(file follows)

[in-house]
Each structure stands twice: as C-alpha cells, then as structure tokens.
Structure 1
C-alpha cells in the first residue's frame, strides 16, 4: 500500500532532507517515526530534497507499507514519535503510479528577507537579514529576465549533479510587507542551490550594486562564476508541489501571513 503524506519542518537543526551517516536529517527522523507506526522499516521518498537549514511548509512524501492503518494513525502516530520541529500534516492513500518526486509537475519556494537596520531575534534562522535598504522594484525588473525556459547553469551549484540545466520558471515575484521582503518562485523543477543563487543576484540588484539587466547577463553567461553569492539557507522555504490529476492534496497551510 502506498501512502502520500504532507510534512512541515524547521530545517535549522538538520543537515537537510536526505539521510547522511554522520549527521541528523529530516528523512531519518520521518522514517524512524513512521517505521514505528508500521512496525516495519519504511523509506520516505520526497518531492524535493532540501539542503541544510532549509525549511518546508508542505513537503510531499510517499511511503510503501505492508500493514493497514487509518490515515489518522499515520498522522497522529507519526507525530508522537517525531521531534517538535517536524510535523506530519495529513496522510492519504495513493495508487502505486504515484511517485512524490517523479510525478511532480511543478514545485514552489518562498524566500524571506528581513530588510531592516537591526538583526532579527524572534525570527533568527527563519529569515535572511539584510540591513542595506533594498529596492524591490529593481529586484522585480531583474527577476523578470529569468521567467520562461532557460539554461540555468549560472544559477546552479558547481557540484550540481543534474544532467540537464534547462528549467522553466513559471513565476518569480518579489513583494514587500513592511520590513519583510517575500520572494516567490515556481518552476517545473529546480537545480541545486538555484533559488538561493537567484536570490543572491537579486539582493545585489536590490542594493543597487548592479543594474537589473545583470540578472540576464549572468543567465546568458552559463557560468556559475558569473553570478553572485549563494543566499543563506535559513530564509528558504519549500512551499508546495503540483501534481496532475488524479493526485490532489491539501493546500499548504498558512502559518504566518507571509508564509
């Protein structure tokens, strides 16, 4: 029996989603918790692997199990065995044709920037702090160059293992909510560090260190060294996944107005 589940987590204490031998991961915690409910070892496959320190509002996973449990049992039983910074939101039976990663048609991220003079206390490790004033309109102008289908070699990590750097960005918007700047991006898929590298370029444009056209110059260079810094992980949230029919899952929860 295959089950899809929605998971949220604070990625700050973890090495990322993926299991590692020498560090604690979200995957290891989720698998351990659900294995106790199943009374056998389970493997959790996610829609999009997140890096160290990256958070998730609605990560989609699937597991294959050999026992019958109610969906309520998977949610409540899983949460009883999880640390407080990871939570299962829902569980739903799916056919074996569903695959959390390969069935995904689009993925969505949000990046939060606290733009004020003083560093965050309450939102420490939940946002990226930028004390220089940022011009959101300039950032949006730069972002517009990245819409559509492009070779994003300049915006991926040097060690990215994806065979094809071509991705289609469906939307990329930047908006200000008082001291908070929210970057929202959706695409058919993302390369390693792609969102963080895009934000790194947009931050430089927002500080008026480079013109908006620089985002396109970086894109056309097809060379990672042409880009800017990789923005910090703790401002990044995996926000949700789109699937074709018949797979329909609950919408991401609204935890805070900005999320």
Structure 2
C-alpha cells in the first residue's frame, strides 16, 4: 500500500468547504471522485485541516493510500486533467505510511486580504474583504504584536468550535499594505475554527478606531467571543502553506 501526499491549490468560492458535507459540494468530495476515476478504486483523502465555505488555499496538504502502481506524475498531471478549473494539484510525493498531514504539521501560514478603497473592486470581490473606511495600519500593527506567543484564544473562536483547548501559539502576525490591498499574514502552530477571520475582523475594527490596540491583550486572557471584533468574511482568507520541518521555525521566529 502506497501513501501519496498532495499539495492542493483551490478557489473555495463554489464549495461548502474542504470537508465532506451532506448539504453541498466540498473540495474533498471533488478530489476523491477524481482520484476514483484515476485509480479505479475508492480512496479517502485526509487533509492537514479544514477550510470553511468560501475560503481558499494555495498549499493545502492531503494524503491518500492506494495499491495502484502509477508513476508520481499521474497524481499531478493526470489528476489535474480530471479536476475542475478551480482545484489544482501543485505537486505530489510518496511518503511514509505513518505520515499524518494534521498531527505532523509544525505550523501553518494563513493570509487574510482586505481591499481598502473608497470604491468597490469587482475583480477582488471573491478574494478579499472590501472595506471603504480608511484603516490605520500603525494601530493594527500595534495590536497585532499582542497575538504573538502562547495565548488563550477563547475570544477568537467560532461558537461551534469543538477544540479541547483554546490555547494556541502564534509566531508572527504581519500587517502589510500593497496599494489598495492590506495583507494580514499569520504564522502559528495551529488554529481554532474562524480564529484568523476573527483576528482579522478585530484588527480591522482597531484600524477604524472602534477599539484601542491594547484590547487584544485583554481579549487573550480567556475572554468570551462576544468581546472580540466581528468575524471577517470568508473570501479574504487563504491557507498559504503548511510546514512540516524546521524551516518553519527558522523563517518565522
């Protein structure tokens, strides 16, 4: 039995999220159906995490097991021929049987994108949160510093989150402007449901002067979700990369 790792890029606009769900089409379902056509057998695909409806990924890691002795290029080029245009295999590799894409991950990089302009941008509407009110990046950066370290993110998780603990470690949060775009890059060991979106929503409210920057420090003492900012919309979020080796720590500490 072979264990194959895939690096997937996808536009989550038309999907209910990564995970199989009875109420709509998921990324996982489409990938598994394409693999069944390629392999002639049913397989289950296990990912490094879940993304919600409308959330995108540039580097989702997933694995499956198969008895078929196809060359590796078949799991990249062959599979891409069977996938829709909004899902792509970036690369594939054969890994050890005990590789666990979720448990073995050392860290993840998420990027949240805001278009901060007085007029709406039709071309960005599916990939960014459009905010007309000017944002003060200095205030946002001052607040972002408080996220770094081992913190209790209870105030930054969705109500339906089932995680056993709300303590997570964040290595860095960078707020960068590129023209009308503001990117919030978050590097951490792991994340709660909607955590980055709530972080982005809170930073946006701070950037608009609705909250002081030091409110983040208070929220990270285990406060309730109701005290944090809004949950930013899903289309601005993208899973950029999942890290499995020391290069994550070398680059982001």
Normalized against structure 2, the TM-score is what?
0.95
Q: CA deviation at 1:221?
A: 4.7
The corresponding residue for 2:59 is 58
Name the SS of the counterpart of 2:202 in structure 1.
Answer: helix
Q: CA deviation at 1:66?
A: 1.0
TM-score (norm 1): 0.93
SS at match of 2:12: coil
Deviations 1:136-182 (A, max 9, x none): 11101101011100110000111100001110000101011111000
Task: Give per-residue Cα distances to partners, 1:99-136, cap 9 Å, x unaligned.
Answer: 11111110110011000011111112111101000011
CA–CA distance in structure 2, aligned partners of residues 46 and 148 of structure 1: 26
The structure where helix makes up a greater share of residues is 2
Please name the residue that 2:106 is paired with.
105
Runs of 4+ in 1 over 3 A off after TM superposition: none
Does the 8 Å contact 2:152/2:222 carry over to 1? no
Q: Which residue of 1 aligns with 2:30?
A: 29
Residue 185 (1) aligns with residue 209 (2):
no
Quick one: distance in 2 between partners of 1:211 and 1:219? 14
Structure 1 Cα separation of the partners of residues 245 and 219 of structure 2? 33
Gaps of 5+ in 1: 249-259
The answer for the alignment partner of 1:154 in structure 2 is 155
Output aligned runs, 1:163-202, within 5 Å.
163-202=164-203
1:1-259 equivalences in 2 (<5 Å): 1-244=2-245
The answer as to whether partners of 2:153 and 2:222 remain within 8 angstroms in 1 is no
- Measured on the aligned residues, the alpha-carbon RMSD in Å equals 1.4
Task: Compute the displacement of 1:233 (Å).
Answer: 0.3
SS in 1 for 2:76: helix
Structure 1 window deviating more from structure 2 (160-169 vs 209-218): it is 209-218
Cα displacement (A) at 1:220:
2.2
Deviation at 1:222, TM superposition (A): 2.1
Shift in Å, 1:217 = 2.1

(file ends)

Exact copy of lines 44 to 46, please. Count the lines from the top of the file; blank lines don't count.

SS in 1 for 2:76: helix
Structure 1 window deviating more from structure 2 (160-169 vs 209-218): it is 209-218
Cα displacement (A) at 1:220: